Definition of picturesque in English:

picturesque

adjective

  • 1(of a place or building) visually attractive, especially in a quaint or charming way.

    ‘ruined abbeys and picturesque villages’
    • ‘Before we left this picturesque place, we took a photo of the kind family we had lodged with.’
    • ‘People like Austrian resorts for their village atmosphere and picturesque settings.’
    • ‘This has to be one of the most picturesque places in Glasgow to read the weekend papers over a long lunch.’
    • ‘And she has also called for harsher penalties for litter louts who mar the city's picturesque streets.’
    • ‘The village, while it makes a nice picturesque background, is not deeply important.’
    • ‘There's a shop in the picturesque village that attracts visitors from all over the country.’
    • ‘We villagers of Dundrum are extremely lucky to live in such a picturesque place in an area of outstanding beauty.’
    • ‘The couple's home, which stands in the centre of the picturesque village, is in the same state as it was almost a year ago.’
    • ‘We don't go to Scotland for the weather but when it's like this it is simply the most picturesque place on the planet that I have seen.’
    • ‘Longchamp is a very picturesque place and Paris has that romantic aura about it.’
    • ‘Wiltshire is home to some of the most picturesque towns and villages in the country, often attracting filmmakers to the county.’
    • ‘Fire crews feared the worst as a blaze gutted two picturesque cottages in a Cotswold village.’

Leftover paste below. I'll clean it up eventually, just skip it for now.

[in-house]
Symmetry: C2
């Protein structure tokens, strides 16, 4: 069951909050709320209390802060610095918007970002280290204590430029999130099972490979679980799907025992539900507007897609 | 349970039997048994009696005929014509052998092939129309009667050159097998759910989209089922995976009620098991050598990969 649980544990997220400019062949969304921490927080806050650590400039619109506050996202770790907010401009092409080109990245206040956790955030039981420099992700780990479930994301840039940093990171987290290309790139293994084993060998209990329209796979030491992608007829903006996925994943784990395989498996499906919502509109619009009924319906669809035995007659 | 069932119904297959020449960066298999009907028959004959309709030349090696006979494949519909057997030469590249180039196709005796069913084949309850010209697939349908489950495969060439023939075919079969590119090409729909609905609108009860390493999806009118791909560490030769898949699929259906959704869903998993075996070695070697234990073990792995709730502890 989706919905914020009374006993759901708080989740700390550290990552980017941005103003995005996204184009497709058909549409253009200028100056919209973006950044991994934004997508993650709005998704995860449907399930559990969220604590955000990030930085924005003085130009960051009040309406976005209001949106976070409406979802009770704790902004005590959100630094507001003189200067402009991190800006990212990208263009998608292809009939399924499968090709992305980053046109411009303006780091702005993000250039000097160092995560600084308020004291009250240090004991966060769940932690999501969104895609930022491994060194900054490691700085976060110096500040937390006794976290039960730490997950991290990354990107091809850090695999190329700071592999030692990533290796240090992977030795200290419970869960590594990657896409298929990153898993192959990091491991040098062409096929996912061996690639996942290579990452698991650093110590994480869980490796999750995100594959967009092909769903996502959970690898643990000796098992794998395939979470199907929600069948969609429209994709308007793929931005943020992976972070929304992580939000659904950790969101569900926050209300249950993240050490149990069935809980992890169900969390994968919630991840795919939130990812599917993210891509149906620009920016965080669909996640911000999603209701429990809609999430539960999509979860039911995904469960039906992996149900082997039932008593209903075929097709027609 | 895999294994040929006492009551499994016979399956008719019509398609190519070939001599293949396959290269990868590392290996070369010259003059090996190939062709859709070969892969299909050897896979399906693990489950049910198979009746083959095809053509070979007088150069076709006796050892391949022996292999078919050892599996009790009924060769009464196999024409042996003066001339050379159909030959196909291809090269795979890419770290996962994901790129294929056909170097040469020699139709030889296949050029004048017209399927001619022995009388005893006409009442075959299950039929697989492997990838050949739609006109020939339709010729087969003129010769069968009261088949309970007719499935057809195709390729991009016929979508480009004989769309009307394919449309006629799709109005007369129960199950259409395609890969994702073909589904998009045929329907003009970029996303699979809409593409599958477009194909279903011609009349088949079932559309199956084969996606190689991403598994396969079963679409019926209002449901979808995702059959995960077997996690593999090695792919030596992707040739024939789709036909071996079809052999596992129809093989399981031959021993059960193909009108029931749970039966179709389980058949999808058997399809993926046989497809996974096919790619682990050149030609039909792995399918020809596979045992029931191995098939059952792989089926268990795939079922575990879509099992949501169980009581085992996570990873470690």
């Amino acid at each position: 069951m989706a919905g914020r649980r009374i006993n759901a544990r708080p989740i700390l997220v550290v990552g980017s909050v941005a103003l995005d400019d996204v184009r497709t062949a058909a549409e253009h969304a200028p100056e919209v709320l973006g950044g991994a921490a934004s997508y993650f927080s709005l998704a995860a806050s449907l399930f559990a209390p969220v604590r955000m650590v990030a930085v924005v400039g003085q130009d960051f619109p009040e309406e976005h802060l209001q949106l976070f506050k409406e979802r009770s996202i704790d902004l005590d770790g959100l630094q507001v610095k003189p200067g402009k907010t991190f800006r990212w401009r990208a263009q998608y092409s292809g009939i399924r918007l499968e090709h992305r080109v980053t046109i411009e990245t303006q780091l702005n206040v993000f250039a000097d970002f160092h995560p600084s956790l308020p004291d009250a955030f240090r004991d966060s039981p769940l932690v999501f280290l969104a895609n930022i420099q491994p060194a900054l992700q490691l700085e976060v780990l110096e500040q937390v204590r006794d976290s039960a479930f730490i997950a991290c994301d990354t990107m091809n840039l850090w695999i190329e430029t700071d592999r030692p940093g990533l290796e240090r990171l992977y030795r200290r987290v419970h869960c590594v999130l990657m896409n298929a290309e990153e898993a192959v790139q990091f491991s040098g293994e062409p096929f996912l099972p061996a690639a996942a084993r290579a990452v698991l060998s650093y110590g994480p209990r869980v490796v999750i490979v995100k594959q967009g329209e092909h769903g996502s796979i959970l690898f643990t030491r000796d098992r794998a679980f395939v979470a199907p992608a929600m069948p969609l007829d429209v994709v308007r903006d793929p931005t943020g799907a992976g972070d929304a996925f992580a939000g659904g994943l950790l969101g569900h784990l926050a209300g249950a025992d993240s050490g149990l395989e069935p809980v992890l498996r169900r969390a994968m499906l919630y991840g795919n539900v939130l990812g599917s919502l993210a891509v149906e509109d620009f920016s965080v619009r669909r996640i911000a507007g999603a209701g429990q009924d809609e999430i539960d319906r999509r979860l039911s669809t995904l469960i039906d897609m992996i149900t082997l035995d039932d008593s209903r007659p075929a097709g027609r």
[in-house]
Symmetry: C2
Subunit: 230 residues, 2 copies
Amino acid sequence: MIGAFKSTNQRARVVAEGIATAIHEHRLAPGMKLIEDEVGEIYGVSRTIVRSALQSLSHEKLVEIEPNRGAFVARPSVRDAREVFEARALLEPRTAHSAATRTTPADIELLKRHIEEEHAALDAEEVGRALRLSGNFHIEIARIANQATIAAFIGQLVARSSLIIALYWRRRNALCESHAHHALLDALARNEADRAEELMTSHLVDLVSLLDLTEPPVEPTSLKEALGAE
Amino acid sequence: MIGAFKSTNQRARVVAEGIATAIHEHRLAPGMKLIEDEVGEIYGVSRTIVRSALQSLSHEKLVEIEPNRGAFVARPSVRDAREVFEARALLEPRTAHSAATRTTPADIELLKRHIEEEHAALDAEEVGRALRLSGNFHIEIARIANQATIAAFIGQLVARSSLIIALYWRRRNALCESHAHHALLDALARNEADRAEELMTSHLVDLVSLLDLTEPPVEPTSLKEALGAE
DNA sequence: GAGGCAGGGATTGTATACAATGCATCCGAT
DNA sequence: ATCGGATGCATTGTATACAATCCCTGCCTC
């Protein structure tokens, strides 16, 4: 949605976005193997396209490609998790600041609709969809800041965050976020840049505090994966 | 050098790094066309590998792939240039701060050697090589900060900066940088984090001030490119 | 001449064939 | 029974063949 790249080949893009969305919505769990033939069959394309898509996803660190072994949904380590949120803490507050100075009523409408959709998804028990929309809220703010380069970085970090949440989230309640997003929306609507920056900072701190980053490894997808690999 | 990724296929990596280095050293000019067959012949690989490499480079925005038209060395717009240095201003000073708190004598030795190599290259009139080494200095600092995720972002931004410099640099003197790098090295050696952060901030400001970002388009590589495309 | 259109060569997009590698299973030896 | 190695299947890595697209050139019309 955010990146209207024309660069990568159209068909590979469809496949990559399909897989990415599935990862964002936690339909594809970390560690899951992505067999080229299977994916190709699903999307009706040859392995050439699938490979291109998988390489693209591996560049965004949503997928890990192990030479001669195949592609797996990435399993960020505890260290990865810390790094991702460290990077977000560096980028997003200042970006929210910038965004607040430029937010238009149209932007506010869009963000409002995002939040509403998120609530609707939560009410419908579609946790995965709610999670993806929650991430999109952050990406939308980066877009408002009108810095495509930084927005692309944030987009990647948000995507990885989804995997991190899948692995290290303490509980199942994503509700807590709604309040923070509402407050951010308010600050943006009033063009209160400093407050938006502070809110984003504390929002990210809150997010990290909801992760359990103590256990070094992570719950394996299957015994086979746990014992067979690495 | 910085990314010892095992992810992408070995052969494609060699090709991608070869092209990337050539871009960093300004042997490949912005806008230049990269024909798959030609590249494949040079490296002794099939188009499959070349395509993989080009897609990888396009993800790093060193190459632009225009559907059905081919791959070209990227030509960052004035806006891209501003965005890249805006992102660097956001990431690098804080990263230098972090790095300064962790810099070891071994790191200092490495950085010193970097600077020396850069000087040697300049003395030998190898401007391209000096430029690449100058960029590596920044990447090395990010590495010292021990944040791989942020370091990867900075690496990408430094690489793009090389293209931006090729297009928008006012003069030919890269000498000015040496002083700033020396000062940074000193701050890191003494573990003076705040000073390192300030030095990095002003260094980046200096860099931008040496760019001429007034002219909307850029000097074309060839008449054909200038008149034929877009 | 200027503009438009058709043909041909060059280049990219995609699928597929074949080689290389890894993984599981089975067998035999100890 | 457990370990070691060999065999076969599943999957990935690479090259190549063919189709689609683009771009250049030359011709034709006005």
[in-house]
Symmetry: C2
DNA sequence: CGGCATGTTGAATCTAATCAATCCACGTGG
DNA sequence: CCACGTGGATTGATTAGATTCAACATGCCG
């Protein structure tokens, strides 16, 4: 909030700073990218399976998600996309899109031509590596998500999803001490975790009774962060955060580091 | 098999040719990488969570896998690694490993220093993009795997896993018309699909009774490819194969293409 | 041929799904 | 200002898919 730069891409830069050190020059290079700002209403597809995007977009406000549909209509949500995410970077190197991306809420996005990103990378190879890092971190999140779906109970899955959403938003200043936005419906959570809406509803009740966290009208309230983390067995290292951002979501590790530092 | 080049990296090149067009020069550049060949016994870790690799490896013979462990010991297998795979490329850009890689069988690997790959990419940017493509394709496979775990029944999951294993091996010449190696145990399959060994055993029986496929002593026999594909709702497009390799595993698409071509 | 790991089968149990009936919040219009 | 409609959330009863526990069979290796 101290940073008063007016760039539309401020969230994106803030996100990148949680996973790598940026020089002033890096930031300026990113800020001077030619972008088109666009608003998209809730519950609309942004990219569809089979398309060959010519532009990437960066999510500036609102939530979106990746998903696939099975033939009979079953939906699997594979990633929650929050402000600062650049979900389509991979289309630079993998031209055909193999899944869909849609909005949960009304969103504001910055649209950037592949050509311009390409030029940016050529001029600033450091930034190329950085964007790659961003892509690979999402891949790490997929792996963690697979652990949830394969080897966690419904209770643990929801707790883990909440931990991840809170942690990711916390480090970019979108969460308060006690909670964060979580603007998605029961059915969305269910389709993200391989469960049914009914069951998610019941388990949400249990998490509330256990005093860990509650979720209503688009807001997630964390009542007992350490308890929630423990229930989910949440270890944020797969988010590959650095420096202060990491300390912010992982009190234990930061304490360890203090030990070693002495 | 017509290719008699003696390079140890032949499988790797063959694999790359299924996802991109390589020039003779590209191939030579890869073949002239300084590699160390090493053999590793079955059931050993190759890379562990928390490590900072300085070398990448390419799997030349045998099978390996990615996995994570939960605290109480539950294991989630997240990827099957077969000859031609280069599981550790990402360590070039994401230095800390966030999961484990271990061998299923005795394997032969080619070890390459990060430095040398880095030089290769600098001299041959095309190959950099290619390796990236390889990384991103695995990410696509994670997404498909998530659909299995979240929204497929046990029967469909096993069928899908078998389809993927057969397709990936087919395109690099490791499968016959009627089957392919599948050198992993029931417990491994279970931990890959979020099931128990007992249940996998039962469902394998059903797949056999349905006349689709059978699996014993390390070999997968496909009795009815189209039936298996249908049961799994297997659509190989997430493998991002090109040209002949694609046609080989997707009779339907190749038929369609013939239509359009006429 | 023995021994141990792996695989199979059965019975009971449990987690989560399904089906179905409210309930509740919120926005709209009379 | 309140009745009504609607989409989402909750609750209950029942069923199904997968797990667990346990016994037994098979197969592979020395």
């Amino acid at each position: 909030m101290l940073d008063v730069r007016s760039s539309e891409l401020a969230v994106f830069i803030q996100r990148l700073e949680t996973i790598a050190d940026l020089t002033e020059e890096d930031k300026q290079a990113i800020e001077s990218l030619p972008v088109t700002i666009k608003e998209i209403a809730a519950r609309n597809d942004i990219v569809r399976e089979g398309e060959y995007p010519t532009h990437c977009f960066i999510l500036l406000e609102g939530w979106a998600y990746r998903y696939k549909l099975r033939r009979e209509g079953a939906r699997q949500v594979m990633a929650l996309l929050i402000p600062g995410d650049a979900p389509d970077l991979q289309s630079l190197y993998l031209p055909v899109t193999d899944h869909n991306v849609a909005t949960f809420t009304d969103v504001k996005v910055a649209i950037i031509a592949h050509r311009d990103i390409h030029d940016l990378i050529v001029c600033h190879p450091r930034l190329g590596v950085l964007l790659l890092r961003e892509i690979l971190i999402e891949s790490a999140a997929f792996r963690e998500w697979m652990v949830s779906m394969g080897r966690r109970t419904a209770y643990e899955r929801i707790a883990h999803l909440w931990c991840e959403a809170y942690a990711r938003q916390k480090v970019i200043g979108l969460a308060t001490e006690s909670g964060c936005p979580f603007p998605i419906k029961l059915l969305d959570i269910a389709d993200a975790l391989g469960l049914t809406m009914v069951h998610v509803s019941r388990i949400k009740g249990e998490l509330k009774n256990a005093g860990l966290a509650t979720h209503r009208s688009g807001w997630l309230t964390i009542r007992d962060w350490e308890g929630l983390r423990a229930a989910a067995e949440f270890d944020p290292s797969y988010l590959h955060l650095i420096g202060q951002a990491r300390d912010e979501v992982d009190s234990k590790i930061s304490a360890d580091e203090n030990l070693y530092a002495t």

• ‘One of the additional benefits of rowing is that the action usually takes place at picturesque locations, such as lochs and canals.’
    • ‘They enjoy the picturesque location of the Embassy as well as look forward to home cooked Indian food.’
    • ‘South Yorkshire is one of the most picturesque places in the country.’
    • ‘The basin at Canal Head should be a wonderful addition to an already picturesque place.’
    • ‘The town has a picturesque harbour where humble and luxurious yachts rub shoulders.’
    • ‘Properties in the village range from picturesque cottages and council houses to large private homes.’
    • ‘Halifax, surprisingly, had quite an array of picturesque buildings.’
    • ‘The picturesque building was neat as a pin, despite being a working farm with Jersey cows and goats.’
    attractive, pretty, beautiful, lovely, scenic, charming, quaint, pleasing, delightful, romantic
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    1. 1.1 (of language) unusual and vivid.
      ‘the salad has no regional or picturesque name’
      • ‘The author's energetic, often tongue-in-cheek prose style, together with his ability to blend roguish satire, pathos, and picturesque description, had a profound influence upon the popular culture of his day.’
      • ‘It's the pub's picturesque name for a tasting of five obscure or lesser-known wines.’
      • ‘Volume I is a normal book, describing in picturesque language the history of the cheese made at Tillamook.’
      • ‘As we go back in history, language becomes more picturesque.’
      • ‘It is to the explanation of the historical origins of that picturesque language that this essay addresses itself.’
      vivid, graphic, colourful, impressive, striking
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Origin

Early 18th century: from French pittoresque, from Italian pittoresco, from pittore ‘painter’ (from Latin pictor). The change from -tt- to -ct- was due to association with picture.

Pronunciation

picturesque

/ˌpɪktʃəˈrɛsk/